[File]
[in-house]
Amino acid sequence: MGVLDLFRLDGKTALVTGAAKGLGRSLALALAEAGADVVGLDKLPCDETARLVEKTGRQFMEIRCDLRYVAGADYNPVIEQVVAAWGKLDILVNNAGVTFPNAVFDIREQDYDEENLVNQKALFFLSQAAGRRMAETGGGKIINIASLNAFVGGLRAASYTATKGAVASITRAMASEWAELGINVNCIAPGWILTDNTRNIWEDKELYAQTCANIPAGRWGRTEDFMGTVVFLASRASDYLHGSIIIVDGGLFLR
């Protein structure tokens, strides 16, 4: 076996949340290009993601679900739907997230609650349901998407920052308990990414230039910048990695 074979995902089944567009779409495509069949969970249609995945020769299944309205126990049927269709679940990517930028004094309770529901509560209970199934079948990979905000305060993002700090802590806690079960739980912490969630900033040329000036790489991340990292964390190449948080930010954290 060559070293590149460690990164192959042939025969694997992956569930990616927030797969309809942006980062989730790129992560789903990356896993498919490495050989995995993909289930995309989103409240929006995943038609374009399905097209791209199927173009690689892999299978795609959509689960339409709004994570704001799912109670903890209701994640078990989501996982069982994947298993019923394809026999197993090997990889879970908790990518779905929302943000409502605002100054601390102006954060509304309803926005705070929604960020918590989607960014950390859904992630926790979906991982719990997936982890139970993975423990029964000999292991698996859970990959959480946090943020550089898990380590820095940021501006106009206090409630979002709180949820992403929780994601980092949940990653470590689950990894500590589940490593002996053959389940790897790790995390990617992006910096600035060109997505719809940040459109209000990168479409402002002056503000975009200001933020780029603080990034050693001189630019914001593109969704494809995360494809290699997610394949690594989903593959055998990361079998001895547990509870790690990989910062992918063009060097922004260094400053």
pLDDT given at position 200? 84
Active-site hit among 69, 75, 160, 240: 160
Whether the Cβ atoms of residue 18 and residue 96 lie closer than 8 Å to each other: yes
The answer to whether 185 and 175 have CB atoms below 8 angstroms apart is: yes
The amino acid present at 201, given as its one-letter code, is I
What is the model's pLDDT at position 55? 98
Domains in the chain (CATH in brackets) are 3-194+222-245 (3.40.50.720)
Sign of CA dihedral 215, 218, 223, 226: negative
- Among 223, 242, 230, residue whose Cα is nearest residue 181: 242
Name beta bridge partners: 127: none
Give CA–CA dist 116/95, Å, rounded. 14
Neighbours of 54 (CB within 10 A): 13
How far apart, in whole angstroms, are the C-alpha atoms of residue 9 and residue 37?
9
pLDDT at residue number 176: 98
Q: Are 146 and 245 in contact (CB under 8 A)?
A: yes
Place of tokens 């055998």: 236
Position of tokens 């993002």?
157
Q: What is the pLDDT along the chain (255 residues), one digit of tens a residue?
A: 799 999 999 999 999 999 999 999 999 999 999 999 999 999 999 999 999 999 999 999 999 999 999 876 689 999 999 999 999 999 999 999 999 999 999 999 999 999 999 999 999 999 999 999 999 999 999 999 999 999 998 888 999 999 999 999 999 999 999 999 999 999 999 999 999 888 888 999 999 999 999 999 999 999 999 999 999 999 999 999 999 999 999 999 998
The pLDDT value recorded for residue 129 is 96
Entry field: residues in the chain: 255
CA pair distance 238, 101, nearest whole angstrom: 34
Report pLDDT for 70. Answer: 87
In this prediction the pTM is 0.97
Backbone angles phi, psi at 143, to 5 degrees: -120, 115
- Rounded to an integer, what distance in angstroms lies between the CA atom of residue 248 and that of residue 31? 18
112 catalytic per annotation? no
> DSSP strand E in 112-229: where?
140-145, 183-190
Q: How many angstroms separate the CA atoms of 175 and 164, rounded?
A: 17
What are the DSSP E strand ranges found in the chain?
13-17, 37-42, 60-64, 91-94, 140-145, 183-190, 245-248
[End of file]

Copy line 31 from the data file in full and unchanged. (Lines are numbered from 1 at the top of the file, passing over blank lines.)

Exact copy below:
Backbone angles phi, psi at 143, to 5 degrees: -120, 115